She orders another, I say, 'Likewise'

 

"Mulligan's"

Time: 9:15

Order: Smithwick's

As I elbow the 18th-century expanse

The barstool eases my stance

                The suds give a chuckle

                I loosen my buckle

And prepare for a tipsy Riverdance

"Davy Byrne's"

Time: 11:05

Order: Guinness

Closing-time voices fill the room

And the morning eye-open surely brings doom

                As we lose steam

                I lapse to a dream

Picturing Leopold Bloom

"International Bar"

Time: 11:35

Order: Jameson's

The tour closes amongst the sinners

Staggering, slanting, still bipedal winners

                Though we know it is risky

                The beer’s turned to whisky

Ich bin ein Dubliner


A Fijian Farewell

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At the end of eight months, my passport is full, my wallet empty, and my GI tract still horribly, horribly confused. I chose Fiji as my final country for one simple reason. After 250 days of playing Russian Roulette with the tap water, I knew I would be in good hands:



Fiji water is actually the country's number one export, but I wouldn't mind if it was kava. Though it tastes like chalky dishwater, it numbs the tongue and ensures a pleasant night's sleep. Bula!



I traveled off the main island to the Yasawa Islands for a week.  With very little current, it was like a giant bathtub, with corral. As  Red says "I hope the water is as blue as in my dreams." It was.



But in the shallow end, some unwanted friends popped in for a slither.



So I headed for deeper water:



And soon found myself swimming alongside the most beautiful sea creatures I have ever seen. With a wingspan of more than five meters, the manta ray's majestic gliding was nothing short of a bird underwater.



Back to landlubber life. This beach is on the some sort of world top-10 list. I dunno about such lists, but it was good enough for me.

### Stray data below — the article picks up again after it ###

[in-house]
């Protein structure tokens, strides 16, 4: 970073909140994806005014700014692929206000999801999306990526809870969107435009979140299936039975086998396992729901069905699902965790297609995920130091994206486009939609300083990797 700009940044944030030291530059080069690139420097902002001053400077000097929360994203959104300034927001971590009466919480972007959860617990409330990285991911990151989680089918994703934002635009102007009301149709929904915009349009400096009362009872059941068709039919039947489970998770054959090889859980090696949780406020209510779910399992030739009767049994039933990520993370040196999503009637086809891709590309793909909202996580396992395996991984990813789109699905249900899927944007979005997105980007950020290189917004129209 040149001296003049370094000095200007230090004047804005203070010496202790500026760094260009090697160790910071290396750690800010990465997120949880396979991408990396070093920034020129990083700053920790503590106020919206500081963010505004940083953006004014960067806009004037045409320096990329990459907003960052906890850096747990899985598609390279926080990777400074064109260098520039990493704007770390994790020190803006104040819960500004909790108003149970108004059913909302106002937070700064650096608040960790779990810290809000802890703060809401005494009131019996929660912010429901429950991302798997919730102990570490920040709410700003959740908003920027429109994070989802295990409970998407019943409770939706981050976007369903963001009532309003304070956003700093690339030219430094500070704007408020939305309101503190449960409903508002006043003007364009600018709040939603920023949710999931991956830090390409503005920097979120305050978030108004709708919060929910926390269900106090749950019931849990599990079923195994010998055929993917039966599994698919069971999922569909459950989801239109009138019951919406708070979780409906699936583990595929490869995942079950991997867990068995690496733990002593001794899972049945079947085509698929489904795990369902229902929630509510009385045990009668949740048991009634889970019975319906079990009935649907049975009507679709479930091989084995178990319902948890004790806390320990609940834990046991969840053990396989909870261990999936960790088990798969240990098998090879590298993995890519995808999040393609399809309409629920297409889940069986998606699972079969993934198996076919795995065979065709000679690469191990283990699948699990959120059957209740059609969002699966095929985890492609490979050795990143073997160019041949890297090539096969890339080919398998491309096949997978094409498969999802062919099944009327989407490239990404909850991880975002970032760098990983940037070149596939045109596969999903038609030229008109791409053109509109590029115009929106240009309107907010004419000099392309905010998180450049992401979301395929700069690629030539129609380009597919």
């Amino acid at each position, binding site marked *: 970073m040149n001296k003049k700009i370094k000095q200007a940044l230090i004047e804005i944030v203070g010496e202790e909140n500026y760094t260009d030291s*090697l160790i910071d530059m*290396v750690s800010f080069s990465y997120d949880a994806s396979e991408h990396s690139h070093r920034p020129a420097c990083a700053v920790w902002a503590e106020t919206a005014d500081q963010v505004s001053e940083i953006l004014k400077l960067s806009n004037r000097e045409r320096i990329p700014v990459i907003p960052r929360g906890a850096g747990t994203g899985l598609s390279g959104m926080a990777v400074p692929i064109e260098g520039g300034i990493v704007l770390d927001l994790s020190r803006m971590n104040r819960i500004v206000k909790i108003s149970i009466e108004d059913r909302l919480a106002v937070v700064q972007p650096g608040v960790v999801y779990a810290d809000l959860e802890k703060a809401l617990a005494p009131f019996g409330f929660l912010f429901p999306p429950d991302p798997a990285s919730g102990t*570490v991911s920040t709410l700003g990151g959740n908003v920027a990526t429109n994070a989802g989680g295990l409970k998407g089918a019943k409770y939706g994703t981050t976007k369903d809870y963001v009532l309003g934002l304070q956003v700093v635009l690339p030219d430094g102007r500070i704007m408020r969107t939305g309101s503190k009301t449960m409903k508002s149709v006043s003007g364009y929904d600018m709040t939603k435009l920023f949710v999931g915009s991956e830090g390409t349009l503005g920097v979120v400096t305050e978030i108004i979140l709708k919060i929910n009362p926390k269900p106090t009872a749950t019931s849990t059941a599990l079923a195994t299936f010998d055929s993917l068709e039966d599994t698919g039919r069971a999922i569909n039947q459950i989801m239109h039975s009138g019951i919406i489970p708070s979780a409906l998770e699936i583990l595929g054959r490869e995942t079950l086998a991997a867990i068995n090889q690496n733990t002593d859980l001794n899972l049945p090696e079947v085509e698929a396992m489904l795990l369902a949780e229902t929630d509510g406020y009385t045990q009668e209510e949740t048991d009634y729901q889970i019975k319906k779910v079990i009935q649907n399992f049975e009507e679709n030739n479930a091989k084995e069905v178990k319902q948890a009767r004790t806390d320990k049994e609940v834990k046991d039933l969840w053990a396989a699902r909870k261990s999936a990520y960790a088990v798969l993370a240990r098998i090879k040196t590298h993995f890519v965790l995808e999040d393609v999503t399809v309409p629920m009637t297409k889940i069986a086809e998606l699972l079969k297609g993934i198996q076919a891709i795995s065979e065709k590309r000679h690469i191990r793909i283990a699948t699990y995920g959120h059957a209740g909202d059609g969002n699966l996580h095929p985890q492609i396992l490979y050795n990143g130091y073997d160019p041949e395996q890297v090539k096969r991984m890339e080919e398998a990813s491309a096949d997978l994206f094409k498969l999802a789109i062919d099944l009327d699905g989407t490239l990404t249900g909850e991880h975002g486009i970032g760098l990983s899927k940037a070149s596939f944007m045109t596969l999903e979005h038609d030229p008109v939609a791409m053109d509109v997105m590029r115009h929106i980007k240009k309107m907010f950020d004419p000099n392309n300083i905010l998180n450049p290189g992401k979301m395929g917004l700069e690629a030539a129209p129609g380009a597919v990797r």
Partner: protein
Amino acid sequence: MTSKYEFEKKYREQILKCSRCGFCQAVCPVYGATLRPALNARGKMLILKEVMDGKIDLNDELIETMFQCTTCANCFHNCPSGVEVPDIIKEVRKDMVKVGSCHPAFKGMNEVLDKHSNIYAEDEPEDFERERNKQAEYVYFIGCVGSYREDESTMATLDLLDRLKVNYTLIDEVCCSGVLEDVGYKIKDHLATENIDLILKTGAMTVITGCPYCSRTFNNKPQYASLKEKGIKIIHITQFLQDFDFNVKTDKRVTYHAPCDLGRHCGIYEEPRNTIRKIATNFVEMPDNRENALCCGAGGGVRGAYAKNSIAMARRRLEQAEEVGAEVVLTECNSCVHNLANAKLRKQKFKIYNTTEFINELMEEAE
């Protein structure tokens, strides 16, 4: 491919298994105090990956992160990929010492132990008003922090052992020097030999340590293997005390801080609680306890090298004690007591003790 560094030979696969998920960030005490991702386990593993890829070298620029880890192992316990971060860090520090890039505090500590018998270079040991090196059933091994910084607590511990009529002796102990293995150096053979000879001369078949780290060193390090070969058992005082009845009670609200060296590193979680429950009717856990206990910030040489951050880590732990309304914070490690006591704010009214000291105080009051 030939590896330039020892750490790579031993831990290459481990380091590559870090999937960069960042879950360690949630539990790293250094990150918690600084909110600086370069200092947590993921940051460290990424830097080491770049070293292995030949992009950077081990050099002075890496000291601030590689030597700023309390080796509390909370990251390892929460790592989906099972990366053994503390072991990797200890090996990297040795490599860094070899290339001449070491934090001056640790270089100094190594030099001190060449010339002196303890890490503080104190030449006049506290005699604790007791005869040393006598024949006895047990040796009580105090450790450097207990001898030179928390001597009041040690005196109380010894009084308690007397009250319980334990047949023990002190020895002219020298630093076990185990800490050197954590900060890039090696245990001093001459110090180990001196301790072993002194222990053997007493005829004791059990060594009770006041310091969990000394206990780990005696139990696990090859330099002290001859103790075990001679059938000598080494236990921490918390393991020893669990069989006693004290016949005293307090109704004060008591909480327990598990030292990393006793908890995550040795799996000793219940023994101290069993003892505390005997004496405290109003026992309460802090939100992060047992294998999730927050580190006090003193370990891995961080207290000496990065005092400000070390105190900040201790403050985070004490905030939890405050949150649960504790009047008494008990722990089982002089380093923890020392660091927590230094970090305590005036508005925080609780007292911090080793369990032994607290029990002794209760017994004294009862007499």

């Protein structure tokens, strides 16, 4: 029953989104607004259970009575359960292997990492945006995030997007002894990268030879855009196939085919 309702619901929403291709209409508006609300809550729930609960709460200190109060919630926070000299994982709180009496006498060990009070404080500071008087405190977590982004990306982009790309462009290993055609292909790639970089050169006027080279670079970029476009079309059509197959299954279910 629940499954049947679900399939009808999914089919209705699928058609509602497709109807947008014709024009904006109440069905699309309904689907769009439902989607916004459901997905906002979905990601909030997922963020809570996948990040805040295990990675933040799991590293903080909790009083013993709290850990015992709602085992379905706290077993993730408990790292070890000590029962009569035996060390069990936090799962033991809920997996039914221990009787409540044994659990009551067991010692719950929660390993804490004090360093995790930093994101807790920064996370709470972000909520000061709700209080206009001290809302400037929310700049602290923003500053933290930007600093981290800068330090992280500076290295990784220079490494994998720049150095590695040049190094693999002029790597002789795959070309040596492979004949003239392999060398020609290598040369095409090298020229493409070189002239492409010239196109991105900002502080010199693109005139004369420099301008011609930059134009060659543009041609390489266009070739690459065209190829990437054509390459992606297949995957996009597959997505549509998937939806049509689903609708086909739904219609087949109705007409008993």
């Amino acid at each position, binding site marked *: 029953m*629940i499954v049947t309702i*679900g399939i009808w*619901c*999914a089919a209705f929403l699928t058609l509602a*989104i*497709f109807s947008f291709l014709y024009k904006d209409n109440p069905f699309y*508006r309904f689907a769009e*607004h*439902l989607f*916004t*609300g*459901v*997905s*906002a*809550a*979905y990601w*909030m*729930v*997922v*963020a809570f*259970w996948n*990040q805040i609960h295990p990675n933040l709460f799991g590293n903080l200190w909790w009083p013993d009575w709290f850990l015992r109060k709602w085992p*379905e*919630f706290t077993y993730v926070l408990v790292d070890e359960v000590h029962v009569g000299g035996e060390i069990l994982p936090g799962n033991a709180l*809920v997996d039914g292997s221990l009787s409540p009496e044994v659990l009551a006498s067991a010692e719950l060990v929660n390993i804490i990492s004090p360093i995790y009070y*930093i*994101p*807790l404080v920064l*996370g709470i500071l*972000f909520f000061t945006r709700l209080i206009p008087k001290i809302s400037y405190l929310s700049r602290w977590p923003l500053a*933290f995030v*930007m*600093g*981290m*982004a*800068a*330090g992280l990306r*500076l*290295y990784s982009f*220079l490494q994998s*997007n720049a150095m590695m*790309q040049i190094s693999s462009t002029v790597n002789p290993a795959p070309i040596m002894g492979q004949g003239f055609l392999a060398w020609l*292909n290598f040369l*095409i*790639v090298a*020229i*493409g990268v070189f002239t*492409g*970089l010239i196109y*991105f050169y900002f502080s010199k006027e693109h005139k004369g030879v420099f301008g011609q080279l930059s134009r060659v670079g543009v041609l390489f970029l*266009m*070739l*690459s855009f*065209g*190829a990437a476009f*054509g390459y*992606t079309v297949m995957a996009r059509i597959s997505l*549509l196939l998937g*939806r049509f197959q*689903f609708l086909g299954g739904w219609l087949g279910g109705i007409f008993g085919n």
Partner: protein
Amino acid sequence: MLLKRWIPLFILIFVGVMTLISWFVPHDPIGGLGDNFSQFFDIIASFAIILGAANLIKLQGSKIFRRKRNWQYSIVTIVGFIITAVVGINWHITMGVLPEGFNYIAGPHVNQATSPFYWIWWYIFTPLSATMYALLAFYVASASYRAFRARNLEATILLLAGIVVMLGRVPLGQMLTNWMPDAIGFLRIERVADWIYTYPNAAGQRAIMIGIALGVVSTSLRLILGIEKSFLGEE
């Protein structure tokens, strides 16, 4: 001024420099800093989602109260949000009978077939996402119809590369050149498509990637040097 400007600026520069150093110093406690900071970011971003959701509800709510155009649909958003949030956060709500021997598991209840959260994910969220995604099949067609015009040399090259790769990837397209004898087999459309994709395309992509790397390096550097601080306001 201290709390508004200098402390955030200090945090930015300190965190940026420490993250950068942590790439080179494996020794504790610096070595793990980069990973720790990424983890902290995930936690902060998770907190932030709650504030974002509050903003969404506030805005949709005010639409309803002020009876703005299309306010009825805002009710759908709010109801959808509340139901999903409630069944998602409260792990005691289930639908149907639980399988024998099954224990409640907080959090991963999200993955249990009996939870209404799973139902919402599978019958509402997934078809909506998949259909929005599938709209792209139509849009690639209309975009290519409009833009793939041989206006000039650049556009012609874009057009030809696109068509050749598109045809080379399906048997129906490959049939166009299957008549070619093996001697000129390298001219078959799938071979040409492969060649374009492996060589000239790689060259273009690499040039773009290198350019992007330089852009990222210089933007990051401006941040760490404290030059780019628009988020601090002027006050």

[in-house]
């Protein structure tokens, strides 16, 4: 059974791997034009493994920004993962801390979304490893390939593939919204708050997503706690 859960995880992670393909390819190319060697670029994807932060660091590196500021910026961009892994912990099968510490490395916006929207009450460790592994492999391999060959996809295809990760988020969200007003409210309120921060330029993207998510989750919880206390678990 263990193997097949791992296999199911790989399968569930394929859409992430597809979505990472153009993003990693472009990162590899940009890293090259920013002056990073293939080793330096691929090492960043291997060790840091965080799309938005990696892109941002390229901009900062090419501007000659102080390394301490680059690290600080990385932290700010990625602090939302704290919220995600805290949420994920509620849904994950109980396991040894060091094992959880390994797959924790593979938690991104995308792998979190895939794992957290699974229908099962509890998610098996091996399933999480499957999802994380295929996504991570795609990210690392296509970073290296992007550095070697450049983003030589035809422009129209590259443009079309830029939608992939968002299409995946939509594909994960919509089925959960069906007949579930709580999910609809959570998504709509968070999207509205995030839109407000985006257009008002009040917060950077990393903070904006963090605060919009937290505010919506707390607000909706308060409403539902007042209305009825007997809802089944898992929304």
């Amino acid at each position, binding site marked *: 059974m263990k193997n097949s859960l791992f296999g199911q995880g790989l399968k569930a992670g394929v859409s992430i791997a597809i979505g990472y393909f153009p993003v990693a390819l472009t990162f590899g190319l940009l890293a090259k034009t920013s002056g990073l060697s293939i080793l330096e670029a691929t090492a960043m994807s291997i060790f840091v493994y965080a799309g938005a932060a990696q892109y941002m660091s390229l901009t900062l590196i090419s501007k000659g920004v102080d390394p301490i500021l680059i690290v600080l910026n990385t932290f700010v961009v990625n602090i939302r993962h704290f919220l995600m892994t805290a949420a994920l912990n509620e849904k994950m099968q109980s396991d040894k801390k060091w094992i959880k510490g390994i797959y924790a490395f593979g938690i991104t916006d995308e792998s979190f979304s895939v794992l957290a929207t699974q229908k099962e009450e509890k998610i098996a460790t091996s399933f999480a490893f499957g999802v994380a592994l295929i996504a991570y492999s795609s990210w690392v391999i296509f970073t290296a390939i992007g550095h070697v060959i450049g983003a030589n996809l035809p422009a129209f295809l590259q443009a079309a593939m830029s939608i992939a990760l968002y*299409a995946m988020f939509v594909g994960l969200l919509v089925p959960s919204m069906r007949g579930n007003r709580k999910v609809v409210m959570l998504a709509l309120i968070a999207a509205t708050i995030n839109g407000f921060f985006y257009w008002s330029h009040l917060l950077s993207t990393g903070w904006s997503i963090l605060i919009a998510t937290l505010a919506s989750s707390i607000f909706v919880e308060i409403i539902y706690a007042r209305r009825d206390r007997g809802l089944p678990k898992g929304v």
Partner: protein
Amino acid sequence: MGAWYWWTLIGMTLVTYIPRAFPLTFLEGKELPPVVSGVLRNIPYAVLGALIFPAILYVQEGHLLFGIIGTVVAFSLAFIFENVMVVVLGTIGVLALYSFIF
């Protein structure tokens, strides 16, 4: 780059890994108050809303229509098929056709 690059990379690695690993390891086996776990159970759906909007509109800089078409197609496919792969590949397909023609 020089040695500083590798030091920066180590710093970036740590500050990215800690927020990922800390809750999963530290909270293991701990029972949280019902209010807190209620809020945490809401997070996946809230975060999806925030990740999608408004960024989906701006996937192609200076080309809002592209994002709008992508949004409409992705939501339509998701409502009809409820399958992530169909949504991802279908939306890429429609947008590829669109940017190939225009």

I hung out with a fine bunch of lads from the U.K. I brought out all my British colloquial for our volleyball, monopoly and drinking matches. Top flight indeed chap!



But when we didn't pay our bar bill, the locals got angry:



So I headed for the treetops:



And outlasted them. One final sunset to close out the journey:



And it is time to get back across the Pacific.



Thanks for following along, dearest readers. Sendmoneyplease has a few more posts he'll be making stateside, include a "funniest signage" entry and a mini-memoir of the trip. Look for those in the upcoming weeks. See you soon, if I get past quarantine.





Best and Worst in Show

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With apologies to Mick Mixon, who taught me much about journalism and cautioned especially against the use of superlatives, here is a partial list of the best and worst bits of my last eight months. It's not exhaustive, but you might be by the end. Enjoy.

By the way, I'll be home Saturday. Don't leave the light on - just drop a key under the mat.

Best beaches – Thailand

Cheapest country – India (Honorable Mention Nepal)

Best wine – South Africa (H.M. Spain)

Best waterfall – Victoria Falls, Zambia (H.M. Sipi Falls, Uganda)

Best wildlife – Tanzania (H.M. Namibia)

Best food – Thailand (H.M. France and a little Vegetarian Restaurant in Dresden)

Worst food – Morocco

Best sporting event watched – Espanyol vs. FC Barcelona

Best performing arts event – Budapest Opera House (H.M. Malaysian Symphony Orchestra)

Biggest politician seen – Serzh Sargsyan, President of Armenia (within 100m of His Holiness the Dalai Lama)

Longest flight – Seoul to Atlanta, 17 hours

Cheapest flight – Marrakesh, Morocco to Bremen, Germany, 10 Euros

Spiciest meal – Saag Paneer and Dal Fry, New Delhi (H.M. Indian Curry, Fiji)

Best pre-trip purchase – (tie) EEE PC and Canon G9

Best during-trip purchase – two waterguns, Bangkok

Most common country of fellow backpacker – U.K. (H.M.s Germany and Netherlands)

Best beer – Brussels, Belgium